Four-legged ancestor of land animals found in Europe

Water-color by Ahlberg (representing Elginerpeton from Scotland) showing roughly what a Devonian tetrapod might have looked like.

In the 19th century a fossil was uncovered in Belgium that was believed to be the jaw of a fish. Now a team of scientists have shown that it is in fact a fossil from an ancestor of all present-day land animals. It is the first discovery of a so-called tetrapod from the Devonian Period in continental Europe, which may trigger an interest in re-examining objects in museums.

In collaboration with researchers from France, England, and Belgium, Per Ahlberg, professor of evolutionary organism biology at Uppsala University, has demonstrated for the first time that four-legged fish, tetrapods, existed on the European continent during the Devonian Period (about 365 million years ago). These first land vertebrae became the ancestors of all present-day vertebrate amphibians, reptiles, birds, and mammals–and humans. The find also resembles the known “four-legged fish” Ichthyostega that was found by Swedish scientists in Greenland in the 1930s. Fossils of tetrapods from the Devonian Period are extremely rare. In recent years fragments have been found in the US, Scotland, Latvia, and China, among other places, but none of these bear any striking resemblance to Ichthyostega.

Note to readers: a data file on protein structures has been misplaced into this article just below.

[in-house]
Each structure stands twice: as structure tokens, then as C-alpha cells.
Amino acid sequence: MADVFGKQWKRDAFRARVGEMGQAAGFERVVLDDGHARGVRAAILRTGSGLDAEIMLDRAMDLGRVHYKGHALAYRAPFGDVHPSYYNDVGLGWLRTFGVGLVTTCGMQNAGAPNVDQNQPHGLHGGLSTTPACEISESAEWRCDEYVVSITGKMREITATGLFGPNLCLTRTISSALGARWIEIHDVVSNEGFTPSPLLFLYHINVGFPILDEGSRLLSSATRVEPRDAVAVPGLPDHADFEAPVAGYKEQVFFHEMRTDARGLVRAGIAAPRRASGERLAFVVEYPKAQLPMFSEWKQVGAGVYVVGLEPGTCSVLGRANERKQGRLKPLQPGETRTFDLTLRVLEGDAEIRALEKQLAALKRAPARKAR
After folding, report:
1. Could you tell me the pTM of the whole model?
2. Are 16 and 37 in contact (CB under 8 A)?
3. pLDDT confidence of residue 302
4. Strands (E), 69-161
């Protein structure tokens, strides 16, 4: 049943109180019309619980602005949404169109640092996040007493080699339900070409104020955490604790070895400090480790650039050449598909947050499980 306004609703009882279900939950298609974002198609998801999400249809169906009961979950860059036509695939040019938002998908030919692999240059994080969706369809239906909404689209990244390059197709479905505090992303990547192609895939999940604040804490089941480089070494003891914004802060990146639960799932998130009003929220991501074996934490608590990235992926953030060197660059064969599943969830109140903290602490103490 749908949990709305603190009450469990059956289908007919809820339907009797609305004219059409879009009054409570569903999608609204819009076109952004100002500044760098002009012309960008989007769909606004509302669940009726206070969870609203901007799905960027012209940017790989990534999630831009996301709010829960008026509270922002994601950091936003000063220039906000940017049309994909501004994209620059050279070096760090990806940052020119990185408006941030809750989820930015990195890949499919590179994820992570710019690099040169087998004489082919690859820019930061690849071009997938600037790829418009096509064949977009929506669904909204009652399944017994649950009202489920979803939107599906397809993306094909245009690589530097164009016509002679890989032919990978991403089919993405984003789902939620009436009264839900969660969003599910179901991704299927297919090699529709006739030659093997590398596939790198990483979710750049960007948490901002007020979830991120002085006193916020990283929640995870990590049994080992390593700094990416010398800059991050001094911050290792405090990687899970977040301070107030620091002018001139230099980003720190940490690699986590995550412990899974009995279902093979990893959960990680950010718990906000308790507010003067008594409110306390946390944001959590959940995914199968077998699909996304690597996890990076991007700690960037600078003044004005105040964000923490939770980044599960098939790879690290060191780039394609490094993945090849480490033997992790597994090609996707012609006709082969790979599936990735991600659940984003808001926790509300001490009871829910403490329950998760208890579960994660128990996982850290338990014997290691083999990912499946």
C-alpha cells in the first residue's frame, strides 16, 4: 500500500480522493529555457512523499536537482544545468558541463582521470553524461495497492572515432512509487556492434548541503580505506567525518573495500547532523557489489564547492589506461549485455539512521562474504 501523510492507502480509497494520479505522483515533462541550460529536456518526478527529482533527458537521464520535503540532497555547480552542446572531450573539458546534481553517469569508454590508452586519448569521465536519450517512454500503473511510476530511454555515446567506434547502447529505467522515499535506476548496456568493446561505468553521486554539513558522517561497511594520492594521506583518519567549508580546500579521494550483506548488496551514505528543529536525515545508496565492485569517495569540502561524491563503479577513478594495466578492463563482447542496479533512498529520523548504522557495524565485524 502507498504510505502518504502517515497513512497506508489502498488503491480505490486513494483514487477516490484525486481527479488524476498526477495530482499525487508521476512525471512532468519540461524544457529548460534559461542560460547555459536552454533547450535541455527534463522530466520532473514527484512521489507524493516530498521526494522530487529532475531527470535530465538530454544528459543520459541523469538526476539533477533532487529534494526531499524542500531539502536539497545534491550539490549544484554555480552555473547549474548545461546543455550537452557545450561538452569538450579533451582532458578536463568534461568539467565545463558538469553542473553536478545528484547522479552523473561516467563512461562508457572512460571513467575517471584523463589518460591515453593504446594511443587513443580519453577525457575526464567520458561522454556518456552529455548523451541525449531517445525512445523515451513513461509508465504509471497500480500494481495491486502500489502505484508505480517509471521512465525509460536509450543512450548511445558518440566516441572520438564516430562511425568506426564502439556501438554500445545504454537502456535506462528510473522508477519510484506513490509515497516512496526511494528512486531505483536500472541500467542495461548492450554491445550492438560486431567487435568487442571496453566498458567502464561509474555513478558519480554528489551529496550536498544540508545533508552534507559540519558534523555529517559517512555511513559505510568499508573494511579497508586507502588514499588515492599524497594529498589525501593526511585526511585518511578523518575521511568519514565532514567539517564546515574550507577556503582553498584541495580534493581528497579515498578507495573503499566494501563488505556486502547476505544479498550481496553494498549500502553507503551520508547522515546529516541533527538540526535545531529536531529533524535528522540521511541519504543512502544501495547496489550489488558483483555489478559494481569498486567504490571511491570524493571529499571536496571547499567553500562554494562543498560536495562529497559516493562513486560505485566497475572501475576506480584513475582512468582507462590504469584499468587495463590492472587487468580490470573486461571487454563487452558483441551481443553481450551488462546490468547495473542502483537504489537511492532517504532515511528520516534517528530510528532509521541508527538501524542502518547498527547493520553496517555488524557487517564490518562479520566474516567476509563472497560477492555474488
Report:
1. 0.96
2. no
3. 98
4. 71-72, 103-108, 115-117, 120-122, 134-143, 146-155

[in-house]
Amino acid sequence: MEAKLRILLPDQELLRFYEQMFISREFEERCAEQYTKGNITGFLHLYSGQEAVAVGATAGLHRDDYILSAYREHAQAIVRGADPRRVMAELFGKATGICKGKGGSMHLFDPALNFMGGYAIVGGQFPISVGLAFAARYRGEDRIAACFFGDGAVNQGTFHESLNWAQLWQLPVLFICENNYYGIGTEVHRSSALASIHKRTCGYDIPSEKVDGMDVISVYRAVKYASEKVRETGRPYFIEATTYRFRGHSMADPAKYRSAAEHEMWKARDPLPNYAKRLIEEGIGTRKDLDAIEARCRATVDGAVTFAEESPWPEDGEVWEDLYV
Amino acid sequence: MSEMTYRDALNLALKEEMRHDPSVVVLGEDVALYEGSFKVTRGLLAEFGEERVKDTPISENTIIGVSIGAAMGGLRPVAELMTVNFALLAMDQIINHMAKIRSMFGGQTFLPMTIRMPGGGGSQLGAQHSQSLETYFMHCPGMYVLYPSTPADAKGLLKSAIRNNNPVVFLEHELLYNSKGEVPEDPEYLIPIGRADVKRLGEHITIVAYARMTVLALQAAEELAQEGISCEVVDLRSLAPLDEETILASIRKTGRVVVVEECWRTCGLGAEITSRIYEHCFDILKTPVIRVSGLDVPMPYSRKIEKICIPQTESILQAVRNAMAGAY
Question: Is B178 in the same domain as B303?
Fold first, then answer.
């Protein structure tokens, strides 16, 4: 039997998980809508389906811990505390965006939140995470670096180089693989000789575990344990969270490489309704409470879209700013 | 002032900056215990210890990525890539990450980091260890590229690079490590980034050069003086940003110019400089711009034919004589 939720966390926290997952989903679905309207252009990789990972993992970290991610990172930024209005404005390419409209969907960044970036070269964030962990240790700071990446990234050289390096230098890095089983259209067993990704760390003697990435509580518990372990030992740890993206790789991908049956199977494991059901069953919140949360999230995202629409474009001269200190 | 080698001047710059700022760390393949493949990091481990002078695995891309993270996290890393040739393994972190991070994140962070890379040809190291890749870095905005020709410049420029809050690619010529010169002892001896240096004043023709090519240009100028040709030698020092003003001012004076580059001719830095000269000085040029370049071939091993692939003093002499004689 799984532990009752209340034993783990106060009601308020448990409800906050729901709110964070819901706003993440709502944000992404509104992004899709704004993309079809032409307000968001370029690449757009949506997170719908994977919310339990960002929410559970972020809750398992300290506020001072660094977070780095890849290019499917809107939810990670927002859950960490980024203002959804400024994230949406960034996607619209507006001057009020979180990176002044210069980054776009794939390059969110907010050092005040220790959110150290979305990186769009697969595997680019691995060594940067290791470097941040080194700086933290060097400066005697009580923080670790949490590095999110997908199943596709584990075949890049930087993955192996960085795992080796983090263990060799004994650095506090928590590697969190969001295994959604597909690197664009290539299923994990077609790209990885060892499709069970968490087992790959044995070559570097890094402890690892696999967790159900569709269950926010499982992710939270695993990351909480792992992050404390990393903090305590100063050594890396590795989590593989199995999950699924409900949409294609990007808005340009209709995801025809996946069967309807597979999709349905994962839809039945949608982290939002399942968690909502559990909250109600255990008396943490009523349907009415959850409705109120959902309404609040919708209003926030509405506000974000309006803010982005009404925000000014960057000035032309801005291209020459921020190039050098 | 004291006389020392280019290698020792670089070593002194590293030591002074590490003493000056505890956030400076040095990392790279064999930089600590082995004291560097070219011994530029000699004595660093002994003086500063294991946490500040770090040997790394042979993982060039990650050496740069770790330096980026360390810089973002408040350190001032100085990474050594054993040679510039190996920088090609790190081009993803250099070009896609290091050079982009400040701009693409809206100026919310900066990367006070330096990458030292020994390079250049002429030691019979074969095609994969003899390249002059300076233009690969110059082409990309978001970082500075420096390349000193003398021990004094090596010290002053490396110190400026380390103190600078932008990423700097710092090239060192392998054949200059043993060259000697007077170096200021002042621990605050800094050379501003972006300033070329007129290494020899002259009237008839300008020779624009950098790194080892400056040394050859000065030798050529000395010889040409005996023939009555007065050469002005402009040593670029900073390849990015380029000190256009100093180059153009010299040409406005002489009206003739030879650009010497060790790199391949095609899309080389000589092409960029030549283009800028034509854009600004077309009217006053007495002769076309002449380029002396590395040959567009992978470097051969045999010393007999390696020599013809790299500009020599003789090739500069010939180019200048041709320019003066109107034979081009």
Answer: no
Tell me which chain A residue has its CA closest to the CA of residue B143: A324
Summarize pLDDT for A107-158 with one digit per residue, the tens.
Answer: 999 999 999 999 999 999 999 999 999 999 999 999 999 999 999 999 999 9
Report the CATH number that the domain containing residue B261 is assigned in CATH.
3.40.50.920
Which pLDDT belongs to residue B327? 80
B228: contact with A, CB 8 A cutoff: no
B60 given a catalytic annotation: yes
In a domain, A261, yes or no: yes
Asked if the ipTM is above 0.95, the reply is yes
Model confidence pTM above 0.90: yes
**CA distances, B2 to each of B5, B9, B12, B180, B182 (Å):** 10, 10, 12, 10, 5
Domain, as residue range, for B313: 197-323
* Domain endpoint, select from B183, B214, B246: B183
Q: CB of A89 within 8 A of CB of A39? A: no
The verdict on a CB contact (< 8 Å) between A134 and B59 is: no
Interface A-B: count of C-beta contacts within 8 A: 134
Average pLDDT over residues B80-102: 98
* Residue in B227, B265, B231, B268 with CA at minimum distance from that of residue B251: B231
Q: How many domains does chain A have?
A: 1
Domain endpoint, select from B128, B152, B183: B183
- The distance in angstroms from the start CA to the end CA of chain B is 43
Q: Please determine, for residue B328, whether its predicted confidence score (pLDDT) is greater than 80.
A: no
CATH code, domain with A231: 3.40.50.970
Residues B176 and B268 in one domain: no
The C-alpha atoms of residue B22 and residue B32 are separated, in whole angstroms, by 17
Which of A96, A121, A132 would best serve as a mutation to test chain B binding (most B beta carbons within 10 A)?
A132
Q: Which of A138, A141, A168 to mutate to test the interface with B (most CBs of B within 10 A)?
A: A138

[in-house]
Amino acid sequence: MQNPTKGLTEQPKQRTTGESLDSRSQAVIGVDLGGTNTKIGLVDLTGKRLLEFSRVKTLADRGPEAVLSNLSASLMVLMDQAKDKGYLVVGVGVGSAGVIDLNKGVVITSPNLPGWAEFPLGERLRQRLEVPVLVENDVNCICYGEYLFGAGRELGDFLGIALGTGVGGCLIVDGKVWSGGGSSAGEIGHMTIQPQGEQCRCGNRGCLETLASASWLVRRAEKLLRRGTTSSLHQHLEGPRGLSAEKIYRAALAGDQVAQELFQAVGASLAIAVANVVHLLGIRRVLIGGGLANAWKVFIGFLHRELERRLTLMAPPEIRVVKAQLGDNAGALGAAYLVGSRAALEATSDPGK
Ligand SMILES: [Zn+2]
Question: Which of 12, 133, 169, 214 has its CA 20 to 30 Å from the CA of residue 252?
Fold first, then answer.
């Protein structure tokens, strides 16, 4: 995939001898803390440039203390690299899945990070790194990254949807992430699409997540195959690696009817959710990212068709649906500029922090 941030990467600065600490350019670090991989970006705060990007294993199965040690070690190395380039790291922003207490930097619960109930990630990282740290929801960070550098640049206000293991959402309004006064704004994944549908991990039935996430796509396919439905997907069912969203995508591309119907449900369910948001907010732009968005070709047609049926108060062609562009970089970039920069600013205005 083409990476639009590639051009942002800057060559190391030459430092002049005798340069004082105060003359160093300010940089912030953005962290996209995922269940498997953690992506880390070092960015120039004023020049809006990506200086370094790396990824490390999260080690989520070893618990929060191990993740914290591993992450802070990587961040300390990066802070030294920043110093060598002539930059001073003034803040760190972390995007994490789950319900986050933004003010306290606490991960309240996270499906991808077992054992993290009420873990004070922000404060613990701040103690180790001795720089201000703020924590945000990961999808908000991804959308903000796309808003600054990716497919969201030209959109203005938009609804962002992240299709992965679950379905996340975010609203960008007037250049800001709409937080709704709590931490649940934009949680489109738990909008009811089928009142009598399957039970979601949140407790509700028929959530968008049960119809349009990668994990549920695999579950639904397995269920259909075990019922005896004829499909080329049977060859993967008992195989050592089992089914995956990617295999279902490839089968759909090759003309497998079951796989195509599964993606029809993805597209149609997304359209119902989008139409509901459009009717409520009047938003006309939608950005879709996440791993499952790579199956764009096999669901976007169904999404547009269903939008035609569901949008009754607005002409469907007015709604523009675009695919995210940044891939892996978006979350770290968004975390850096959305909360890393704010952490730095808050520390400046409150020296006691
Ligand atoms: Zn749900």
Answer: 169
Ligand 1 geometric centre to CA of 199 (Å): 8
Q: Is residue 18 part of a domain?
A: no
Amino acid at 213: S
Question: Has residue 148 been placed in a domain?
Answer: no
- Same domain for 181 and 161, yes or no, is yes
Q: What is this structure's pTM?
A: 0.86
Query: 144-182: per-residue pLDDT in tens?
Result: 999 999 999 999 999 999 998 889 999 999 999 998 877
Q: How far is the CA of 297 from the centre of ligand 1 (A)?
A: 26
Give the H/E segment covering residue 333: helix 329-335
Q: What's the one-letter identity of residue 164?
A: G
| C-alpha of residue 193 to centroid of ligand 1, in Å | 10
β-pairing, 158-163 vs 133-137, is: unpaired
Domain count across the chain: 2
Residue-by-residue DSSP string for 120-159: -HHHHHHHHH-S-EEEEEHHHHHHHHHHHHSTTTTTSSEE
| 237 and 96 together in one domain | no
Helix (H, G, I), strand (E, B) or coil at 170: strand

The fossil from Belgium is fragmentary (a portion of a lower jaw) but is interesting for several reasons:

  1. It is the first find of a Devonian tetrapod from continental Europe.
  2. The fossil is very similar to Ichthyostega, and it is the first sign that this type of four-legged fish existed outside Greenland. (During the Devonian Period Greenland and Belgium were closer to each other than at present, since there was no Atlantic Ocean, but the distance between the two areas was nevertheless at least 1,500 km.)
  3. Our increased knowledge makes it possible to identify terapod fossils that it was previously not possible to spot, not only in the field but also in old museum collections.

Today we have considerably more detailed anatomical knowledge about the earliest tetrapods than 20 or 100 years ago, which makes it possible to identify them even from tiny fragments, such as portions of a lower jaw. In the past it would have been necessary to have at least the better part of a skull (or the rest of the skeleton) in order to recognize a tetrapod. Methods for extracting the fossil from its enclosing stone have also advanced substantially. A new and extremely interesting technique is CT scanning, entailing a series of “x-ray sections” through a fossil, thus visualizing its three-dimensional structure even while it is fully embedded in stone.

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